DENVER -- Dexter Fowler and Josh Rutledge were both back in the Rockies' lineup Friday night for the second game in a four-game set with the Marlins, but Michael Cuddyer was given a day of rest after three successive starts, two with Triple-A Colorado Springs and in Thursday's series opener, following his return from the disabled list.
"Michael Cuddyer is not in there today only for the fact that [head athletic trainer [Keith Dugger] felt very strongly that we back off, and when Duggie feels very strongly that we back off, we back off," manager Jim Tracy said. "He's coming off of an oblique injury. [Dugger] doesn't really want to push the envelope coming off an oblique injury, so we're backing off today, and hopefully we'll have him plugged back in there tomorrow."
Cuddyer was 1-for-4 Thursday, sandwiching a game-tying two-run homer in the middle of three strikeouts. He had no tweak to his oblique, and the move is purely precautionary, according to Tracy.
"He's just getting the day off today after three days in a row coming off an oblique injury," Tracy said. "If the guy were to take a swing tonight and reach down and grab his side, I have to lay my head down on the pillow tonight and ask myself the question why I didn't strongly listen to the recommendation of the head trainer who's been doing this for an awfully long period of time and done it about as well as anybody's done it in the business."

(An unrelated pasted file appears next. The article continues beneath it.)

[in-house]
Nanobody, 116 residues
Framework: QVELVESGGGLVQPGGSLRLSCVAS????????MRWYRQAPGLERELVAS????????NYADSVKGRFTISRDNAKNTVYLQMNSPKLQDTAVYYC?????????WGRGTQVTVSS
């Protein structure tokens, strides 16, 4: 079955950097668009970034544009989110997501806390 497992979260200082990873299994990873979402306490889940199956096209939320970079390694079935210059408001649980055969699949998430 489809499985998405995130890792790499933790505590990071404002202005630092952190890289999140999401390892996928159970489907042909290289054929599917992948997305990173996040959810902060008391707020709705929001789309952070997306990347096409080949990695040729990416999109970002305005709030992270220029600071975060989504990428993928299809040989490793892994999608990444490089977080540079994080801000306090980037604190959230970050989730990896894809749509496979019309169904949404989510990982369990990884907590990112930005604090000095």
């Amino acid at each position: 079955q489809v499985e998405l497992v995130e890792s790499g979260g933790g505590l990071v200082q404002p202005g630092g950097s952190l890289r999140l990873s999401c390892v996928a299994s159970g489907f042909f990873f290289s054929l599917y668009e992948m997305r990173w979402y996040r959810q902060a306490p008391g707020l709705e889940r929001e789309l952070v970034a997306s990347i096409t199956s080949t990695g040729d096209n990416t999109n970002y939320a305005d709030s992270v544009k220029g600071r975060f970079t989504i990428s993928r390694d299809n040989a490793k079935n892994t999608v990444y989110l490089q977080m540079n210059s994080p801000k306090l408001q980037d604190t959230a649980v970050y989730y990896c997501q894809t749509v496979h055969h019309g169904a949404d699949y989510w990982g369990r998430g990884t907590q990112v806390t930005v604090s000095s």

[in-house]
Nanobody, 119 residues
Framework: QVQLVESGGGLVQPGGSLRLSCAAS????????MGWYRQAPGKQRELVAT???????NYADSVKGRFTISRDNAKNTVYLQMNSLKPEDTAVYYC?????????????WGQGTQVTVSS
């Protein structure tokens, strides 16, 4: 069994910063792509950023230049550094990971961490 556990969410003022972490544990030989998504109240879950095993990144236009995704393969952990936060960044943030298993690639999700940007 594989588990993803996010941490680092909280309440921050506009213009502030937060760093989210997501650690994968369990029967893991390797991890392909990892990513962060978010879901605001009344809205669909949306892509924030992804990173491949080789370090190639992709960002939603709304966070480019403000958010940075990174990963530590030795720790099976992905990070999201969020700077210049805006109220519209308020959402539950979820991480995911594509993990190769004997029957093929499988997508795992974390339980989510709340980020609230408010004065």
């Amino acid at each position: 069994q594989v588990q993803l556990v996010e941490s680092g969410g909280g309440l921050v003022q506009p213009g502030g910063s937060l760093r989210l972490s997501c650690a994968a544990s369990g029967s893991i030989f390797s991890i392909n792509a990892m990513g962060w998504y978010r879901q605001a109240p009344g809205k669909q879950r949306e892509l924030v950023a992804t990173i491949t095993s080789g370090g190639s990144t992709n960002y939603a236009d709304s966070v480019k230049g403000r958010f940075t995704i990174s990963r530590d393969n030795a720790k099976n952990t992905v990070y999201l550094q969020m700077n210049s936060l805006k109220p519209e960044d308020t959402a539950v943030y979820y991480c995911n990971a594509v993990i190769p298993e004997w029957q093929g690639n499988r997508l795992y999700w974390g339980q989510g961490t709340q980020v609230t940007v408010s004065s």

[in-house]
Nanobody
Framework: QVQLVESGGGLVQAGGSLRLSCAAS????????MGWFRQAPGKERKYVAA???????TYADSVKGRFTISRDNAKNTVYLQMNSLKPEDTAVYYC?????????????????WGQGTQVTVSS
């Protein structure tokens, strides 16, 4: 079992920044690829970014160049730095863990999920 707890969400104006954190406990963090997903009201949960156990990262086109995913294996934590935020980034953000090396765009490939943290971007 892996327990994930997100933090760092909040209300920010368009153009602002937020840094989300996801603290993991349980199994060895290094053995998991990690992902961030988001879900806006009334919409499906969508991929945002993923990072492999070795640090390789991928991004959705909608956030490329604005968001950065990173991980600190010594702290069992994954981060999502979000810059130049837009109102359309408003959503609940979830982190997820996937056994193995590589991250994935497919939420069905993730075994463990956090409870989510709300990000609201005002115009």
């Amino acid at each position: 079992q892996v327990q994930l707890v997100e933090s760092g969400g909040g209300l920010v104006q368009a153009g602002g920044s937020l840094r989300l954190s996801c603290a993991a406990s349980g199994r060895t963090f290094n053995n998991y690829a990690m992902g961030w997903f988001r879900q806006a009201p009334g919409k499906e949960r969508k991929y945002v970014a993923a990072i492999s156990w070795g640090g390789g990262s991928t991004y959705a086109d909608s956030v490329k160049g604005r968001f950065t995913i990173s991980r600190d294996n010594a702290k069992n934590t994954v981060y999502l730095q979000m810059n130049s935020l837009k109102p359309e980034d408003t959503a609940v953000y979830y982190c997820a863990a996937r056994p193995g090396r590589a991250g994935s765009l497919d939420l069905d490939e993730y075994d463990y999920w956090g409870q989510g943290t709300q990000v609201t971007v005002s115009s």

Rutledge, who is nursing a sore left quad, pinch-hit in the bottom of the seventh Thursday, lacing a triple off the glove of Giancarlo Stanton to plate the go-ahead run before scoring on a squeeze bunt.
Fowler sat one game with a tight back. Hitting third, he singled to center in his first at-bat Friday, and was thrown out stealing to end the inning.
Chacin back Tuesday, gives Rox rotation 'flexibility'
DENVER -- The Rockies are set to welcome Jhoulys Chacin back to their starting rotation in the first leg of next week's two-city road trip.
"Jhoulys Chacin had a tremendous outing last night," manager Jim Tracy said of the right-hander's Thursday night start in Triple-A Colorado Springs. "He got into the 90-pitch range. He pitched into the eighth inning. He threw the ball extremely well from what I understand, and he came in here today and he has just the normal soreness that you like to hear after a guy goes out and throws like that and throws 90 pitches."
Chacin is tentatively set to pitch Tuesday in New York, rejoining the Rockies and their rotation for the first time since going on the disabled list on May 6 with right shoulder inflammation. Chacin was the Rockies' No. 3 starter coming out of the gate in April, and was 0-3 with a 7.30 ERA in five starts.
With Drew Pomeranz plugging back into the rotation after missing a start, that gives the Rockies and their celebrated four-man rotation a string of five pitchers scheduled to start in the next five days, with Jeff Francis on the hill Friday night, followed by Tyler Chatwood on Saturday, Pomeranz on Sunday, Alex White on Monday and Chacin on Tuesday.
"That's where we're at over the course of the next five days, and then actually we'd be back to Francis and Chatwood the two days beyond that," Tracy said.